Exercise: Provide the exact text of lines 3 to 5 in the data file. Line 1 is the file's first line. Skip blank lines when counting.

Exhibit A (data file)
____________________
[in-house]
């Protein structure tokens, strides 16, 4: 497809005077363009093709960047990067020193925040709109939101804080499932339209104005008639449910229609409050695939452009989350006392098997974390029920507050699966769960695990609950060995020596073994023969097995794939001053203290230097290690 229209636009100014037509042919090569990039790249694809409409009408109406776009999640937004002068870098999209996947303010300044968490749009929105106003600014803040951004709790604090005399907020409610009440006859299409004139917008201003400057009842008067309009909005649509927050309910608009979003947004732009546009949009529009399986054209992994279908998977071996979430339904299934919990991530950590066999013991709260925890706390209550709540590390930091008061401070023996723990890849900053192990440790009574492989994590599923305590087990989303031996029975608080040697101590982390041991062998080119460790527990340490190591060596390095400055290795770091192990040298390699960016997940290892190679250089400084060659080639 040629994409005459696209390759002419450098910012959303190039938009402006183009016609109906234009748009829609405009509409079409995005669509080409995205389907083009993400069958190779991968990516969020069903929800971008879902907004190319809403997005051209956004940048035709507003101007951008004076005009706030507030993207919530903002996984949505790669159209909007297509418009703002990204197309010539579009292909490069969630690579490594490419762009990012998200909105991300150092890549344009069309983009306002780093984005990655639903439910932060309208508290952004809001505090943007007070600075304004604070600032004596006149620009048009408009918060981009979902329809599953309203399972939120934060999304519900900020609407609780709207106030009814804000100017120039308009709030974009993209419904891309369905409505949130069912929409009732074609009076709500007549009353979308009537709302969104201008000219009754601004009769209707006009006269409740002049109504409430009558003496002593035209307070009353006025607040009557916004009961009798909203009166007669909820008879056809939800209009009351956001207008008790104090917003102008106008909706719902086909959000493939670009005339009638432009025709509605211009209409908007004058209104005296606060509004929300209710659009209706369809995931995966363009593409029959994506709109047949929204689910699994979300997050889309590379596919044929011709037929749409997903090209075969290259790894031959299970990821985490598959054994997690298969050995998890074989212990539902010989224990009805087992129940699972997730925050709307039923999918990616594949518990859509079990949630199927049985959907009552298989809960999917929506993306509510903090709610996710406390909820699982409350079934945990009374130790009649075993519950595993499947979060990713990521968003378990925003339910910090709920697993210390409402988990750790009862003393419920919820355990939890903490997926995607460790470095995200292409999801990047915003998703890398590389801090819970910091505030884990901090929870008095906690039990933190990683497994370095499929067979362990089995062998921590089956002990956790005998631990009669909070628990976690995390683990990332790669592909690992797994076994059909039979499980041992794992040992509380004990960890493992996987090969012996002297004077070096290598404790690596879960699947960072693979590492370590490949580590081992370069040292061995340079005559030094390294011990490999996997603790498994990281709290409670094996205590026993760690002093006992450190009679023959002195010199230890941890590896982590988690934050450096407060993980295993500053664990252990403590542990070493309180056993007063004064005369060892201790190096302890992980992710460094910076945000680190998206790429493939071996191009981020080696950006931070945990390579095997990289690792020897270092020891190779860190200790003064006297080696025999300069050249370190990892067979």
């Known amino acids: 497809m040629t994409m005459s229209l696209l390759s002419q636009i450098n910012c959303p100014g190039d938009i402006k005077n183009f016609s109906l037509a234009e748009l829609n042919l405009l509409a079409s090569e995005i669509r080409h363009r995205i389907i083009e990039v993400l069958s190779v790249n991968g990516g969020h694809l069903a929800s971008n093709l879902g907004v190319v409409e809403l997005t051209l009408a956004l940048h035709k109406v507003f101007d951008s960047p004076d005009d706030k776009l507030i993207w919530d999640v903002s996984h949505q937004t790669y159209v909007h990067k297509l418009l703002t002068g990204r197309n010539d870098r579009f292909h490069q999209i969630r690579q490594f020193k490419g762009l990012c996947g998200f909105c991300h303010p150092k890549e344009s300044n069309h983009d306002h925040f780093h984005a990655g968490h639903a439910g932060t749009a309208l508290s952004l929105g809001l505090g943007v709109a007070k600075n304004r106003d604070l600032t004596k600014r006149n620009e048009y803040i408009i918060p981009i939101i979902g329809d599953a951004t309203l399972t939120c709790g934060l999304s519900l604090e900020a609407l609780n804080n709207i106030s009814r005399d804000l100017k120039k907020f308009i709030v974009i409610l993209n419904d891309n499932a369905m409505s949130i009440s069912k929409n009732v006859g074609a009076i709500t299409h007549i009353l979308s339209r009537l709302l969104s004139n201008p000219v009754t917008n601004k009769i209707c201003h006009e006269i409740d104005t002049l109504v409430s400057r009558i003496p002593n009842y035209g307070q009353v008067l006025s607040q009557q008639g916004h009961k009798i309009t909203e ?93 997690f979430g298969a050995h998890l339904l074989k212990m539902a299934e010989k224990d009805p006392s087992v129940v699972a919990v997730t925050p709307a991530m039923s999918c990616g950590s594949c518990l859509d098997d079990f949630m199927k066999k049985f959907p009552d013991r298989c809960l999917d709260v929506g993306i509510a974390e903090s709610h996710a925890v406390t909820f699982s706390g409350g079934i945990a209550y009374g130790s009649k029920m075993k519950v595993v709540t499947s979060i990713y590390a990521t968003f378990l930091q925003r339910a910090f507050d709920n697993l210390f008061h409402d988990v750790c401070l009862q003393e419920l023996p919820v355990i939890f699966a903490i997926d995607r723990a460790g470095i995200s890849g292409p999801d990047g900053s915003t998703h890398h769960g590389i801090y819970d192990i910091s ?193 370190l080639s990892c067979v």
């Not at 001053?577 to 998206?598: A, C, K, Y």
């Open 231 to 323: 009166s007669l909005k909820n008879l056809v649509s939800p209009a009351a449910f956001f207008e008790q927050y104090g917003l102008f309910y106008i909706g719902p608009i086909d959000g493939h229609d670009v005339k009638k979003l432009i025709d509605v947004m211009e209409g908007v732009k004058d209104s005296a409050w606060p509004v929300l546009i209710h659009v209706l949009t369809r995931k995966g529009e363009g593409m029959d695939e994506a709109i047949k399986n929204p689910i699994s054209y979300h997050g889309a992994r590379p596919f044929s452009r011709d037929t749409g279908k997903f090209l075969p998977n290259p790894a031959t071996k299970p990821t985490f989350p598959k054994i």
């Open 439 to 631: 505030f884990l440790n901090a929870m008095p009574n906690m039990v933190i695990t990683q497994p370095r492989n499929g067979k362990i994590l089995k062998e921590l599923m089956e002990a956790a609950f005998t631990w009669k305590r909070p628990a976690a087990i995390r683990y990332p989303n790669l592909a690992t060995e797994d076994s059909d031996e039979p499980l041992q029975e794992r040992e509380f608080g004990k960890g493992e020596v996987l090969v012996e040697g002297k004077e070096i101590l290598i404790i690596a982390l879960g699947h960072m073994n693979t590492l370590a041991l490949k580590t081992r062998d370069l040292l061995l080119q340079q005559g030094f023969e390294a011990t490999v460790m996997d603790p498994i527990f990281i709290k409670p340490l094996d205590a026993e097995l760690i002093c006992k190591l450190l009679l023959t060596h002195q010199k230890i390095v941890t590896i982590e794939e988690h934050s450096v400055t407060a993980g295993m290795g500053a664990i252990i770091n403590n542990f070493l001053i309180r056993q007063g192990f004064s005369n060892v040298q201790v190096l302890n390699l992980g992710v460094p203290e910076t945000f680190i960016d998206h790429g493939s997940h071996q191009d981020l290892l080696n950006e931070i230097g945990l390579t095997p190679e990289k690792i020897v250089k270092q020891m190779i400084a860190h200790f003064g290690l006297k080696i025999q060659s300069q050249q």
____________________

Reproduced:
């Known amino acids: 497809m040629t994409m005459s229209l696209l390759s002419q636009i450098n910012c959303p100014g190039d938009i402006k005077n183009f016609s109906l037509a234009e748009l829609n042919l405009l509409a079409s090569e995005i669509r080409h363009r995205i389907i083009e990039v993400l069958s190779v790249n991968g990516g969020h694809l069903a929800s971008n093709l879902g907004v190319v409409e809403l997005t051209l009408a956004l940048h035709k109406v507003f101007d951008s960047p004076d005009d706030k776009l507030i993207w919530d999640v903002s996984h949505q937004t790669y159209v909007h990067k297509l418009l703002t002068g990204r197309n010539d870098r579009f292909h490069q999209i969630r690579q490594f020193k490419g762009l990012c996947g998200f909105c991300h303010p150092k890549e344009s300044n069309h983009d306002h925040f780093h984005a990655g968490h639903a439910g932060t749009a309208l508290s952004l929105g809001l505090g943007v709109a007070k600075n304004r106003d604070l600032t004596k600014r006149n620009e048009y803040i408009i918060p981009i939101i979902g329809d599953a951004t309203l399972t939120c709790g934060l999304s519900l604090e900020a609407l609780n804080n709207i106030s009814r005399d804000l100017k120039k907020f308009i709030v974009i409610l993209n419904d891309n499932a369905m409505s949130i009440s069912k929409n009732v006859g074609a009076i709500t299409h007549i009353l979308s339209r009537l709302l969104s004139n201008p000219v009754t917008n601004k009769i209707c201003h006009e006269i409740d104005t002049l109504v409430s400057r009558i003496p002593n009842y035209g307070q009353v008067l006025s607040q009557q008639g916004h009961k009798i309009t909203e ?93 997690f979430g298969a050995h998890l339904l074989k212990m539902a299934e010989k224990d009805p006392s087992v129940v699972a919990v997730t925050p709307a991530m039923s999918c990616g950590s594949c518990l859509d098997d079990f949630m199927k066999k049985f959907p009552d013991r298989c809960l999917d709260v929506g993306i509510a974390e903090s709610h996710a925890v406390t909820f699982s706390g409350g079934i945990a209550y009374g130790s009649k029920m075993k519950v595993v709540t499947s979060i990713y590390a990521t968003f378990l930091q925003r339910a910090f507050d709920n697993l210390f008061h409402d988990v750790c401070l009862q003393e419920l023996p919820v355990i939890f699966a903490i997926d995607r723990a460790g470095i995200s890849g292409p999801d990047g900053s915003t998703h890398h769960g590389i801090y819970d192990i910091s ?193 370190l080639s990892c067979v």
């Not at 001053?577 to 998206?598: A, C, K, Y």
């Open 231 to 323: 009166s007669l909005k909820n008879l056809v649509s939800p209009a009351a449910f956001f207008e008790q927050y104090g917003l102008f309910y106008i909706g719902p608009i086909d959000g493939h229609d670009v005339k009638k979003l432009i025709d509605v947004m211009e209409g908007v732009k004058d209104s005296a409050w606060p509004v929300l546009i209710h659009v209706l949009t369809r995931k995966g529009e363009g593409m029959d695939e994506a709109i047949k399986n929204p689910i699994s054209y979300h997050g889309a992994r590379p596919f044929s452009r011709d037929t749409g279908k997903f090209l075969p998977n290259p790894a031959t071996k299970p990821t985490f989350p598959k054994i």